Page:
I’ve never been much of a risk taker, but as I’ve gotten older I’ve begun to be a bit less cautious. I don’t know if that’s because with experience I’ve learned that I have often avoided things that turned out to be no big deal or if it’s because I’m older and figure I’m going to die anyway so what the heck? Either way, I definitely throw caution to the wind more often than I used to. Most of the time it pays off.
Take today, for example. It was a perfect day for a bike ride. I mean, picture perfect. Clear, deep blue sky. 65 degree temps. Light breeze. Amazing. It would have been criminal to ride indoors. My road bike desperately needs new tires after 700 miles on the trainer this spring, so I had to pull my mountain bike out of the garage. Years ago, hubby and I took the knobby tires off it and replaced them with touring tires so I could more easily pull the kids in the bike trailer with it. Still, I figured the tires should be able to hold up to some light mountain biking on dirt roads, right? Before leaving the house, I desperately tried to locate all the necessary tire changing materials (including a tube that would fit the touring tires) just in case. No luck. I decided to go anyway. The day was too nice to waste. I would take the risk, figuring that the worst that could happen is that I could end up having to walk home with a flat.
I rode out of our neighborhood and down into the state park across the street and hopped onto a dirt trail that leads to a nearby Audubon Society nature area. From there, I rode about two-tenths of a mile to the dirt road that runs up Waterton Canyon where I have hiked with my boys for years. The road travels about 6.5 miles up before you reach Strontia Springs Dam and a hop-on point for the Colorado Trail. It’s 5 miles from our house to the entrance to Waterton Canyon. I figured I’d ride up a couple miles only and that way if I ended up with a flat it would be just a short walk back to the entrance of the canyon where hopefully some nice fellow biker with a vehicle in the parking lot would be able to offer me a four mile ride back to the entrance to our neighborhood. But, damn, if the day wasn’t just too nice to stop two miles up. I was feeling great, so I kept riding. I rode 5 miles up. Then it occurred to me that if something happened at that point, it would be a 10-mile walk home. I decided a 20-mile round trip ride was good enough and I headed back down the canyon. Why push my luck, right? Of course, nothing bad happened. I got in a ride on a flawless day and was so glad I hadn’t sweat the small stuff and given up before I’d started on the off chance that something could possibly go wrong.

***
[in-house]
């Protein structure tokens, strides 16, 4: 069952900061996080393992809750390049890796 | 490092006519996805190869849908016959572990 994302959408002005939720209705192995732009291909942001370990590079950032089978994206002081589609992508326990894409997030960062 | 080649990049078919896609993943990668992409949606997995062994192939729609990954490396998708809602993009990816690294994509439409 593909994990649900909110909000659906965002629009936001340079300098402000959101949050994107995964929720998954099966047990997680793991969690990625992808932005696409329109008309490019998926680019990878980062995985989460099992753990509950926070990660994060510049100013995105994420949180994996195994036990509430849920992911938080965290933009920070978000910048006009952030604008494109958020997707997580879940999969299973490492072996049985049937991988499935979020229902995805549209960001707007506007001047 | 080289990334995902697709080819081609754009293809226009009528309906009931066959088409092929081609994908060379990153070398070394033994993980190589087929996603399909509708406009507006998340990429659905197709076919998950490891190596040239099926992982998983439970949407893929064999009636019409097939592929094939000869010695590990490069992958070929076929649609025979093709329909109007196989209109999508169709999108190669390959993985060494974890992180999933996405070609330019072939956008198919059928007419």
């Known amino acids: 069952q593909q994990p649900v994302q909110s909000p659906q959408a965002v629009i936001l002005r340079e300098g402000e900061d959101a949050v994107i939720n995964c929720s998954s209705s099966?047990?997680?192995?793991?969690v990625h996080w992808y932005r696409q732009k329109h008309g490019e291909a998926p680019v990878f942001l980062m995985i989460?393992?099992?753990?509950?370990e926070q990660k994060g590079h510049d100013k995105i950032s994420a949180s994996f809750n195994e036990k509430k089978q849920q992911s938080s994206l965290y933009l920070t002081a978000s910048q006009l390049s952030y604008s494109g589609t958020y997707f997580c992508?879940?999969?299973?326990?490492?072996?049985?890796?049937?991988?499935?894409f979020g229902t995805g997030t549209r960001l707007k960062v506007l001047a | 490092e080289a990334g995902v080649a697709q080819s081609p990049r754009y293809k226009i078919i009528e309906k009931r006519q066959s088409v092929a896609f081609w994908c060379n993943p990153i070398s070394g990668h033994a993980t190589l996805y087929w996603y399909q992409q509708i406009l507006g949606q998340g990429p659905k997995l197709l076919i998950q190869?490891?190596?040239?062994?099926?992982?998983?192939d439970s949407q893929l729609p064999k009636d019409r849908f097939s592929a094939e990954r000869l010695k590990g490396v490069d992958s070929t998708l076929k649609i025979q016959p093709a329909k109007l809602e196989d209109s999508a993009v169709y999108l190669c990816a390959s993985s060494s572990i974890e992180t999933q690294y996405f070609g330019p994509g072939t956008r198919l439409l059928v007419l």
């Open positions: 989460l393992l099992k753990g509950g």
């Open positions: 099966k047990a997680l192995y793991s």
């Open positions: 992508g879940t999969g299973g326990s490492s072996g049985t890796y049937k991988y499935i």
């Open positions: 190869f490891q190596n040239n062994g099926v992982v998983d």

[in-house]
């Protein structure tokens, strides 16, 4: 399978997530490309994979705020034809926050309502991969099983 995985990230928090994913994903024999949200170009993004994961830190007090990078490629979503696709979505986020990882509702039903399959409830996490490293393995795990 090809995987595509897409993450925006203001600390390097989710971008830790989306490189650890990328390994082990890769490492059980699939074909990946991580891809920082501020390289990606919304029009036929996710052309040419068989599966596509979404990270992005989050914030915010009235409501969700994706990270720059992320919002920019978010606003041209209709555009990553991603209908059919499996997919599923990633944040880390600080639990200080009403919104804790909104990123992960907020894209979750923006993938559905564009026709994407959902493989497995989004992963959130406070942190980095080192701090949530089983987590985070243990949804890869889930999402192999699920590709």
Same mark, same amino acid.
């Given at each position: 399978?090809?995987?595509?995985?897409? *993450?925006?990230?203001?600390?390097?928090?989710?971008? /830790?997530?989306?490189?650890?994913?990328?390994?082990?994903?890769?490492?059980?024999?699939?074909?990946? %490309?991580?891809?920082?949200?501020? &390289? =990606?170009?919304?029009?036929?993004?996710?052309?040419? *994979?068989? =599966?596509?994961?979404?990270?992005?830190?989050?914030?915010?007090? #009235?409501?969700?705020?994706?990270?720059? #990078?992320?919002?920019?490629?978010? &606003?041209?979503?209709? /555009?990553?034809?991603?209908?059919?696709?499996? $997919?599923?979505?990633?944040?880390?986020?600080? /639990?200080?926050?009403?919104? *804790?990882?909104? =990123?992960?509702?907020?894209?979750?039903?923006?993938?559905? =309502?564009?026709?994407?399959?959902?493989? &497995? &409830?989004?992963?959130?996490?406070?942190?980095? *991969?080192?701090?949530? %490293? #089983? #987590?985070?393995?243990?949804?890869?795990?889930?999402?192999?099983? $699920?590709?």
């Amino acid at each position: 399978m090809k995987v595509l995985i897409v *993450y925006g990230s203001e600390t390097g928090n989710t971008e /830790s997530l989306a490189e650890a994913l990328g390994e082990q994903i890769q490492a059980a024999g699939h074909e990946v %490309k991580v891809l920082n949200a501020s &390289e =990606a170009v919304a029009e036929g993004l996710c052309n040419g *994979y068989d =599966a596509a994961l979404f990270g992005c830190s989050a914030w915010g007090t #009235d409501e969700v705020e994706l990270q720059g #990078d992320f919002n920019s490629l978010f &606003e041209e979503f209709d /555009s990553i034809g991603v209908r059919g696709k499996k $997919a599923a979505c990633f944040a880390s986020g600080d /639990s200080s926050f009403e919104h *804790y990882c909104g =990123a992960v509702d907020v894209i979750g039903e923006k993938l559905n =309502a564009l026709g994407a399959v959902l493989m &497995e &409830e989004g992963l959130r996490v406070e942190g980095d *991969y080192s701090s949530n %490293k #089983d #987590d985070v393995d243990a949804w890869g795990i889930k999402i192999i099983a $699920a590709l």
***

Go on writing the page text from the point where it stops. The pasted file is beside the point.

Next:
I used to plan my life based on things that might happen. I missed out on a lot of incredible opportunities before it occurred to me that I wasted too much time imagining disasters that never unfolded. Things usually manage to work themselves out. And, even when they don’t, the world doesn’t end. If I’d gotten a flat 5 miles up Waterton, it would have been unpleasant. It would have taken me a long time to get home. I probably would have been fairly cranky, but I would have gotten there and the world would have kept right on revolving. Years from now I’d have nothing left but a faint memory of the difficulty and a funny story to share. Too often we hold ourselves back from things to save ourselves possible trouble or heartache. But, what potential joy have we abandoned by living too cautiously? Yes. Sometimes things go wrong. But, then again, sometimes they don’t. Those are the times when you know with your whole heart how truly amazing life is.